Insurance companies will buy law firms in response to the ban on referral fees, but this will not help to lower the industry’s claims bill, an analyst has predicted.
An investor report on Admiral Group, produced by Kevin Ryan of Investec, said the referral fee ban will cost the company £7 of income per vehicle, or £21m in total, and that “it seems entirely plausible that Admiral could react to the ban… by buying in a firm of lawyers and offering their services as an add-on for their insureds”.
He continued: “It could thus gain an internal transfer fee and might be even better off than before the ban by explicitly charging customers for access to a lawyer in the event of an accident when a policy is first bought. If this approach is adopted, it seems likely to us that it would be some time before the government or the regulator decided to tighten the terms of the solicitor’s referral fee ban to encompass this new way around the income loss problem.”
It emerged last month that Admiral is in talks with national law firm Lyons Davidson, but any arrangement will fall short of the insurer acquiring the legal practice.
Mr Ryan said other insurers may well react to the ban in the same way, but argued that – despite some predictions to the contrary – “it will not help to lower the insurance industry’s claims bill”.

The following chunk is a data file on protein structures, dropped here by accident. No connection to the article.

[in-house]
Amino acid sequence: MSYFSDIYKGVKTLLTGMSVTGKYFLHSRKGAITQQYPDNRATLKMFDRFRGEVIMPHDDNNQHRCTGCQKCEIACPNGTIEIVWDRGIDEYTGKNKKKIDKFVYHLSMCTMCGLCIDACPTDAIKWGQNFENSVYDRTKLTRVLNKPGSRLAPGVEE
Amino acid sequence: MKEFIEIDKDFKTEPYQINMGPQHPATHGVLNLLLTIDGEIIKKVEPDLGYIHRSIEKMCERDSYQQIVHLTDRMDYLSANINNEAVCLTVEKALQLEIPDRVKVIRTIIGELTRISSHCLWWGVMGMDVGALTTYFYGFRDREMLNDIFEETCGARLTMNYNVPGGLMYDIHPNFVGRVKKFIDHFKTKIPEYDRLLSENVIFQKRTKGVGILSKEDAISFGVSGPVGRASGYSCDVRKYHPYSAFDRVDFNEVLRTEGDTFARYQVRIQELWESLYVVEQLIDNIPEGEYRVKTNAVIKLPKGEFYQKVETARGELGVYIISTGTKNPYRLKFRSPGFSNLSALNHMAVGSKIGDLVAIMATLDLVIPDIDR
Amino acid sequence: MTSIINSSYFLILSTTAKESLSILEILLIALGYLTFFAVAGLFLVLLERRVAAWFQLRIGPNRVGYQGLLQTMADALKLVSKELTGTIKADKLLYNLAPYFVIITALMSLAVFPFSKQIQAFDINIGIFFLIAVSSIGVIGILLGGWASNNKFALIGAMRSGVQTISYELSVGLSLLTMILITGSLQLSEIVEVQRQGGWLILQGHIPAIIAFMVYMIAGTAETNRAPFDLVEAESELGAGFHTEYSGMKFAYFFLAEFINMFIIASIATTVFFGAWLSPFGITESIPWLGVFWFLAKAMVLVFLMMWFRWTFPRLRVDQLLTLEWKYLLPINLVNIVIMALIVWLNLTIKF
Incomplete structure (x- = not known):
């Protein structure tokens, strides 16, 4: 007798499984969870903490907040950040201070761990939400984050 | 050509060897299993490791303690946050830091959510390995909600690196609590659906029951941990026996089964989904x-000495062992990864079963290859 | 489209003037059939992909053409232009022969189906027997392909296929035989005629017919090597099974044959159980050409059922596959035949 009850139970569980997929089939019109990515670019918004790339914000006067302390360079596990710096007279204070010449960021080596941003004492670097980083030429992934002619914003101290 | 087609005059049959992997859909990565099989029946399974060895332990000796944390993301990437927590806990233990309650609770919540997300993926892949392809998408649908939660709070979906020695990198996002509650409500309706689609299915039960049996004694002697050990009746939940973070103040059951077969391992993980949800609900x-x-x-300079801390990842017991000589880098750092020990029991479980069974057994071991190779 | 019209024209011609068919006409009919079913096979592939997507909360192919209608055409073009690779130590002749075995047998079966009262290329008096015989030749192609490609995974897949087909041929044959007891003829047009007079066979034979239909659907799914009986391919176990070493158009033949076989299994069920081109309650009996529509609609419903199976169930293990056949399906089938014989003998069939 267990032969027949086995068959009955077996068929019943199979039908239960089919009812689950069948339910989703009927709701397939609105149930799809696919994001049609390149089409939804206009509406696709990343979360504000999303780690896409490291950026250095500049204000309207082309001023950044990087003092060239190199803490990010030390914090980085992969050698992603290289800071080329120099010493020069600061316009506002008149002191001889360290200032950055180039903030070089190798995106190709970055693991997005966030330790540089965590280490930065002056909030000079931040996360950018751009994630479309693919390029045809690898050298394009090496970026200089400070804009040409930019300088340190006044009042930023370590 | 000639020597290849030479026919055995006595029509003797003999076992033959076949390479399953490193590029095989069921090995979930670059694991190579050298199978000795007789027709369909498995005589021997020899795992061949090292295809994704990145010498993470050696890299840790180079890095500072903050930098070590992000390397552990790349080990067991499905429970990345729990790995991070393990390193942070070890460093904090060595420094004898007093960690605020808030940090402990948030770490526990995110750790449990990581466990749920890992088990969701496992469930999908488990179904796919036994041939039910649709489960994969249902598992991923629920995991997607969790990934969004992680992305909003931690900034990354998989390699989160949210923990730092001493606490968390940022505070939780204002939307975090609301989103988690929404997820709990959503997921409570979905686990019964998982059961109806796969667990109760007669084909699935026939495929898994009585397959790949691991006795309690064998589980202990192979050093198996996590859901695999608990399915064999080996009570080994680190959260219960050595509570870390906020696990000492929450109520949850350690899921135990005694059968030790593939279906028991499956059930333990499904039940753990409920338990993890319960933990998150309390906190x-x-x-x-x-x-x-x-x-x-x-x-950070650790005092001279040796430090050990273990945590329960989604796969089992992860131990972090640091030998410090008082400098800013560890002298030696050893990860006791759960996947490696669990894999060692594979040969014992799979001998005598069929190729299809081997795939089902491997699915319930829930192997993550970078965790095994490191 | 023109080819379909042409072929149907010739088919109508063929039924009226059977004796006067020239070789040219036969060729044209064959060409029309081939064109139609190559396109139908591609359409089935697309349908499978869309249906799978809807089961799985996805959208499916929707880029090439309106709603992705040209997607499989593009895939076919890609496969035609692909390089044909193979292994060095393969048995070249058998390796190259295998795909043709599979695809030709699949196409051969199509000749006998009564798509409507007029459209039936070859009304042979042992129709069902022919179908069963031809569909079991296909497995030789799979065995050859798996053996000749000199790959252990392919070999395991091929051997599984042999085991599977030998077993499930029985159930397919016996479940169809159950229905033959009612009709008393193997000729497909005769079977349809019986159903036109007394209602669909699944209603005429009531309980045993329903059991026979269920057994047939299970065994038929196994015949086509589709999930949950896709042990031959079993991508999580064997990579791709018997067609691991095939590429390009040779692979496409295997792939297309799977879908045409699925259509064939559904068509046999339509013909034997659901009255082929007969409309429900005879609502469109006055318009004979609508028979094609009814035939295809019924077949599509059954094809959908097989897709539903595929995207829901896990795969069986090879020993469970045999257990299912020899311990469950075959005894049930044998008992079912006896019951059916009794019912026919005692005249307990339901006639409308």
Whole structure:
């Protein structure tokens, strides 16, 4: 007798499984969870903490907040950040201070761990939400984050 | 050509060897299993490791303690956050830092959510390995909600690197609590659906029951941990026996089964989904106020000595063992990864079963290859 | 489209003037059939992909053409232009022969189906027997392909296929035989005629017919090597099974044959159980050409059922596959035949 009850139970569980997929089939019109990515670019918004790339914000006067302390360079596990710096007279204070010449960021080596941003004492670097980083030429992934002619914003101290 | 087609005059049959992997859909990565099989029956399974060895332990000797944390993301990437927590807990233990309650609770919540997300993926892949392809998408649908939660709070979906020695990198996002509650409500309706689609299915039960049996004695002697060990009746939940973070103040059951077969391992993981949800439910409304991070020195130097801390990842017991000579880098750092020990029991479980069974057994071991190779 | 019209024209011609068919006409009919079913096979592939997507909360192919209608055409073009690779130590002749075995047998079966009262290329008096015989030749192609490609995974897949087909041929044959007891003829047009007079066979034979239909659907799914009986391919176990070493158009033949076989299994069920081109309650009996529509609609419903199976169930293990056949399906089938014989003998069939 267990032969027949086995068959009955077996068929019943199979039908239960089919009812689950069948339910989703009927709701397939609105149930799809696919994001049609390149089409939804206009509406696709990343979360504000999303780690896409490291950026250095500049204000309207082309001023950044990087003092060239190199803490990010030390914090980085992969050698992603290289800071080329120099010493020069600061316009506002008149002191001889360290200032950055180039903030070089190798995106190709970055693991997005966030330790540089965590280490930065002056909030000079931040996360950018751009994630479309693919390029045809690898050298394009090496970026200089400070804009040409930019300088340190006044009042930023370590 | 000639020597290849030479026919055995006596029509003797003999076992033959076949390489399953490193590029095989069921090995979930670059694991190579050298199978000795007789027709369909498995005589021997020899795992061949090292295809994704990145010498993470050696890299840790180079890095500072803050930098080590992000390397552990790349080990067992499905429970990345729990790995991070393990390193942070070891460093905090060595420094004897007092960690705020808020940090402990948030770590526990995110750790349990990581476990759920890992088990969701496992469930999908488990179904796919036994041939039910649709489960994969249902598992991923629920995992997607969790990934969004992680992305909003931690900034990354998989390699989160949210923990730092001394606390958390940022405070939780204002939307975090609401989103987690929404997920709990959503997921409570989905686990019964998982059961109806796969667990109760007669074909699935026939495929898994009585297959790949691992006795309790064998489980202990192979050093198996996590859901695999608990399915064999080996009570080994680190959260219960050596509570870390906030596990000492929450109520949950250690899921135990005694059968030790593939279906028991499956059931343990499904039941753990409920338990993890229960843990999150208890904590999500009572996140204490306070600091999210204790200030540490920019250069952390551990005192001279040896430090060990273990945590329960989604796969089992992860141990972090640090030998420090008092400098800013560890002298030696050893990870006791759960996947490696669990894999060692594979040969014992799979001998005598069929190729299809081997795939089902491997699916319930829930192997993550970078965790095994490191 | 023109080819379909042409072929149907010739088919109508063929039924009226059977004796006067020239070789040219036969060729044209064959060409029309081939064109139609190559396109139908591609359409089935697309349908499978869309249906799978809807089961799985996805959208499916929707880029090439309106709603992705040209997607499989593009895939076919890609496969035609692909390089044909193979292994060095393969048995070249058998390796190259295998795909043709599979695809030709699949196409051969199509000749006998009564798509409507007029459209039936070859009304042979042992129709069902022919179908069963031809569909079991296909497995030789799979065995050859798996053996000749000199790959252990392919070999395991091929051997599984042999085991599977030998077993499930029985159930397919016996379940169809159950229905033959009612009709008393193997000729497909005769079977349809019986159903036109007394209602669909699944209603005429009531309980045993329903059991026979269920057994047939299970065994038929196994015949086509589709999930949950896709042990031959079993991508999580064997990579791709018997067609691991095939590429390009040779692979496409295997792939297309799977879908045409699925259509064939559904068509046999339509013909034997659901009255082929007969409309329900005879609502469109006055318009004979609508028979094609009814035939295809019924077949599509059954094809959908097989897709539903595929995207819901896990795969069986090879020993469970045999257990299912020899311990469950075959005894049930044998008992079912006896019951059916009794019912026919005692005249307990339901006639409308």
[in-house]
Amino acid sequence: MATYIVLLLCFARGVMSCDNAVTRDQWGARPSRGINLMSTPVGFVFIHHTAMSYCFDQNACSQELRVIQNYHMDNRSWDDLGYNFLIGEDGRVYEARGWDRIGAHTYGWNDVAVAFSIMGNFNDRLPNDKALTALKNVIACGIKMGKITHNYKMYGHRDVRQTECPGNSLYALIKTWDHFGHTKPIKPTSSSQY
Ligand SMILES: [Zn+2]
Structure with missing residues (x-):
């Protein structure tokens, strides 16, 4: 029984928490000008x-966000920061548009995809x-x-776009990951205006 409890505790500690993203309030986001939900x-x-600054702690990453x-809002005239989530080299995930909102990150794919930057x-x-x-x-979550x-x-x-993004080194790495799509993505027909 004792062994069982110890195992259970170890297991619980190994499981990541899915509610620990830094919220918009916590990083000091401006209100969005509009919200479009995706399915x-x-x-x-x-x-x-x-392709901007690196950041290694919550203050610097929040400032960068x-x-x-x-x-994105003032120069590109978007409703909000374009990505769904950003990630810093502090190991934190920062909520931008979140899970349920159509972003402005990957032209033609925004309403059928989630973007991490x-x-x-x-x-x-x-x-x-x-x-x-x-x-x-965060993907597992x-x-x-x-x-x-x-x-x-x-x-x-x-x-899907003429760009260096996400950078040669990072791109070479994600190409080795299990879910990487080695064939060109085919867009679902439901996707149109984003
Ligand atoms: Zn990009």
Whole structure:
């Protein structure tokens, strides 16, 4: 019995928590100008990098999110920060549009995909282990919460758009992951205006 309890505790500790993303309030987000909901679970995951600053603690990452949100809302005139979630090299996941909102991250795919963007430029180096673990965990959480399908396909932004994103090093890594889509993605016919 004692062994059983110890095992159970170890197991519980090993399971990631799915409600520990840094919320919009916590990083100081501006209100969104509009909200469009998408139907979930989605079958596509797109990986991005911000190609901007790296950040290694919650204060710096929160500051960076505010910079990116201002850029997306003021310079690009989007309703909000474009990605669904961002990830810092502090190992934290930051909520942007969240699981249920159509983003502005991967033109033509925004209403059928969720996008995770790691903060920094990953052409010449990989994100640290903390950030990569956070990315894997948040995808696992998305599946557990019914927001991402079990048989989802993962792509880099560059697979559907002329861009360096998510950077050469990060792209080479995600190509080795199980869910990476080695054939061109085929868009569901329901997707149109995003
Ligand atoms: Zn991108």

“This is because the UK motor insurance industry has been inherently unprofitable for at least 17 years and it has survived by the cross-subsidy of selling customers related products, like breakdown cover, at the point of sale. This cross-subsidising means that motor insurers charge the wrong technical price for the motor cover. This pre-dates the rise and rise of claims management companies and ‘Tesco law’, which has skewed motor insurers’ results in recent years.”
Further, “steady inflation can be expected in the cost of third-party damage claims to motor vehicles”, while “the rise in bodily injury claims is merely another iteration in this upward spiral”.
Mr Ryan said that “claims costs move upwards continually; it is an immutable law of insurance”, and pointed to the 9% increase in damages recommended by the latest Guidelines for the Assessment of General Damages, as well as the 10% increase in general damages being introduced from 1 April as part of the Jackson reforms.
“Claims volumes would need to collapse to see insurers benefit from legal referral fees exiting the market,” he predicted.